Consider, for example, overshoot on the step stimulus. The frequency, response of the DUT typically includes unwanted response to the overshoot. During normalization, the filter can phase-shift the frequencies responsible for the overshoot and, thus, attenuate the DUT response to the overshoot. Similarly, the filter corrects for cable losses due to attenuation of high frequencies by boosting high frequency components in the DUT responses to their proper levels.
In summary, single-ended normalization typically entails:
1) Sampling system response to prescribed inputs: this step requires the acquisition of waveforms for the no reflection case (a 50Ω load can be connected at the reference plane) and the full reflection case (a short can be connected at the reference plane). The system response is expressed by the reflected waveform, computed as W0-W50, where W0 and W50 represent the waveforms for the short and 50Ω cases, respectively.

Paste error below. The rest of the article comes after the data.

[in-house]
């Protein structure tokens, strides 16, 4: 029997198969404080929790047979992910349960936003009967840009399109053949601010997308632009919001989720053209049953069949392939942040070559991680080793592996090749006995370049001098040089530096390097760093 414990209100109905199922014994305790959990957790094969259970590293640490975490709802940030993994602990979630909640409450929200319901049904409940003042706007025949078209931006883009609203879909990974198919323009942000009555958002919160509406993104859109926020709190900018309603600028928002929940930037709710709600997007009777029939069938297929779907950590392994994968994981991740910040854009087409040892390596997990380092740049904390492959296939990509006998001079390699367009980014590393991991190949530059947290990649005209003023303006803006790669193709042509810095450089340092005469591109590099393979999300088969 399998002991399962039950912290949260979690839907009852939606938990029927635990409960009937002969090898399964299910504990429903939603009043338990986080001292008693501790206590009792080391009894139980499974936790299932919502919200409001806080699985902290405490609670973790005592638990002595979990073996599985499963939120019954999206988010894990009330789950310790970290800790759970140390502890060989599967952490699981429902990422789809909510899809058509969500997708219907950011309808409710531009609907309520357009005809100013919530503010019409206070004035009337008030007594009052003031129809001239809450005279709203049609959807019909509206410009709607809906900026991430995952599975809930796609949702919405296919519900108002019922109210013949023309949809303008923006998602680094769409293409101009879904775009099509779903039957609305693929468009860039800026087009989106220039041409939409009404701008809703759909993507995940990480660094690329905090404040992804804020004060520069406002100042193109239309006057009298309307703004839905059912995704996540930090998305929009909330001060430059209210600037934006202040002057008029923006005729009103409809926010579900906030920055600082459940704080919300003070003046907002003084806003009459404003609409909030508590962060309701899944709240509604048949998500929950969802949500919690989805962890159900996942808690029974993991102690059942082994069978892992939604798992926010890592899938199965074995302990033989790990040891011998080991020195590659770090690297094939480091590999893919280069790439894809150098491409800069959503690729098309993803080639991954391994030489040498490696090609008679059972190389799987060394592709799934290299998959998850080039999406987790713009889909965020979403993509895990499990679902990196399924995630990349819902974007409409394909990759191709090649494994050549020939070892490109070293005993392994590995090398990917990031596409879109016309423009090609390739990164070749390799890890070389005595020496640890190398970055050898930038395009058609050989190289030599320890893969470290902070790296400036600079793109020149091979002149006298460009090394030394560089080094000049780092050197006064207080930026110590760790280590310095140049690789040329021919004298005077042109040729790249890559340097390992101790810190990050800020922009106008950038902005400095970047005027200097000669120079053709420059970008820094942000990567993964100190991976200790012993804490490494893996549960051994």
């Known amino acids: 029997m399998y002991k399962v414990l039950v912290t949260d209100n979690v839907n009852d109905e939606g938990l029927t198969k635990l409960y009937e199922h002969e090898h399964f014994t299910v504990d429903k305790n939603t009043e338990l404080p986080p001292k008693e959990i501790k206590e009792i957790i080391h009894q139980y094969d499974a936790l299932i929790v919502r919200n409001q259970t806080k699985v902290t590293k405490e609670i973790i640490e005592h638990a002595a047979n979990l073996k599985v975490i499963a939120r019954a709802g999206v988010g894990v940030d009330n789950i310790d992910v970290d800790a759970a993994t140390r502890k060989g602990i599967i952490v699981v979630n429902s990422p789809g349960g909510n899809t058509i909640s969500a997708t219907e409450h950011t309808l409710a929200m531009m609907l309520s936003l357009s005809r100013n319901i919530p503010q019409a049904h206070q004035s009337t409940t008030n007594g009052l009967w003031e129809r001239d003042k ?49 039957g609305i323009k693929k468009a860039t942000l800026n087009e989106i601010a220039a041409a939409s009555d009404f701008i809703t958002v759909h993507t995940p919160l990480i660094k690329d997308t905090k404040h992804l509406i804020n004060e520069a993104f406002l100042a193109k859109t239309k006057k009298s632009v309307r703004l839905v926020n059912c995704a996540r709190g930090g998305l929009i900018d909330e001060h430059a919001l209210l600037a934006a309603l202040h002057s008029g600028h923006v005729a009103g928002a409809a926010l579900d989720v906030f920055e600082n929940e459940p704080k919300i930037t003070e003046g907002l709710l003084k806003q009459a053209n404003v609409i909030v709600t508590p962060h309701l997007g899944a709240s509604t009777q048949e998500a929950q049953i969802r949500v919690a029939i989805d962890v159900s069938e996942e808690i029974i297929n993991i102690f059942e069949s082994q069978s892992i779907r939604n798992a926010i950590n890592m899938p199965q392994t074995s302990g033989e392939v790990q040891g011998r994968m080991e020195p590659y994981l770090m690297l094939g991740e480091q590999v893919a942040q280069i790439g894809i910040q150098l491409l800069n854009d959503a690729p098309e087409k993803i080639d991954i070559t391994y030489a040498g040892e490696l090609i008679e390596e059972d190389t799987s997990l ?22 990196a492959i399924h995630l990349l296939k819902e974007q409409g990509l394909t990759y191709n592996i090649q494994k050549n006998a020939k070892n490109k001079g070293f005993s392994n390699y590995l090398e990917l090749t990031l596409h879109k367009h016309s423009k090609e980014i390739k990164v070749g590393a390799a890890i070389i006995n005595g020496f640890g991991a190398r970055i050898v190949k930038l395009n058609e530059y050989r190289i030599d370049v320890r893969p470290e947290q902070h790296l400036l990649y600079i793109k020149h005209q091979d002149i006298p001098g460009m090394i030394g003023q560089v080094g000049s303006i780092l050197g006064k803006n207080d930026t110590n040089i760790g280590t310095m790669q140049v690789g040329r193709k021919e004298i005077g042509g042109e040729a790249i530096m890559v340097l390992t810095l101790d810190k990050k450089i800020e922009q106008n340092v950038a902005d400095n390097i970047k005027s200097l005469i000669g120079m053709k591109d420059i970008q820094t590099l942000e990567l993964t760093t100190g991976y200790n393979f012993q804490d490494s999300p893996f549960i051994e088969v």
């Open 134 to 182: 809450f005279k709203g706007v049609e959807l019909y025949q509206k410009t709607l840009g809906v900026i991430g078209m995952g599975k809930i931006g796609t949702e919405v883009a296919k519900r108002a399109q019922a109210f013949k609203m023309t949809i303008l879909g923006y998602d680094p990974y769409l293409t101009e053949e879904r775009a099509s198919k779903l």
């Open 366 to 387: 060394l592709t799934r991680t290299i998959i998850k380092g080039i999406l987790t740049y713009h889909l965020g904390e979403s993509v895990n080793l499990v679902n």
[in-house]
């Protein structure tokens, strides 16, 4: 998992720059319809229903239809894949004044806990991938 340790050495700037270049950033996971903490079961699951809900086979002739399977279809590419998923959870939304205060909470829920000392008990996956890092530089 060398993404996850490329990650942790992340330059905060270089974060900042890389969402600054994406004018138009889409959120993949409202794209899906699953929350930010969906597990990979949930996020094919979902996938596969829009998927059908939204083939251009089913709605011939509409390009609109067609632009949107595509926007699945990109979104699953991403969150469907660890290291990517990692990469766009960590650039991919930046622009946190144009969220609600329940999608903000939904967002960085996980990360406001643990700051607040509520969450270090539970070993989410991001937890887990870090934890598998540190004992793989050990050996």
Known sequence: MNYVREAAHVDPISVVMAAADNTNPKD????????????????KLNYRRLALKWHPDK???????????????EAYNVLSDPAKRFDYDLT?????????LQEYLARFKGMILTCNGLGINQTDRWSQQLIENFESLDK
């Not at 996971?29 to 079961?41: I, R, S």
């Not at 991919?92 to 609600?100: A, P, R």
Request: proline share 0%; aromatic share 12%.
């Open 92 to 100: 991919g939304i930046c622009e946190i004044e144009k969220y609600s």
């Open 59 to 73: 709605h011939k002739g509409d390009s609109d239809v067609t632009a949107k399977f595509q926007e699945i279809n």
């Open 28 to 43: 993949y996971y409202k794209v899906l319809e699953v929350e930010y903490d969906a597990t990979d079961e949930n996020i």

2) Computation of the inverse transfer function for the system: the reflected waveform is the system response for an idealized step input; therefore, its derivative yields the system response for an idealized impulse. The Fast Fourier Transform (FFT) for the impulse response corresponds to the system transfer function H(s). The calculation of the inverse transfer function H−1(s) is straightforward.
3) Calculation of filtering function: the bandwidth for the low pass filter is a function of the risetime, e.g., the risetime selected by the user. Thus, if the filtering transfer function is F(s), the deconvolution function in the frequency domain is given by the product D(s)=H−1(s) F(s). Note that changes in timebase settings (sweep/delay), record length, and risetime affect F(s).
4) Normalization: Provided the timebase and/or acquisition settings are not changed, the normalized response r(t) for the waveform w(t) is given by
W(s) = FFT (w(t))
FFT transform for the input waveform
R(s) = D(s)W(s)
r(t) = IFFT(R(s))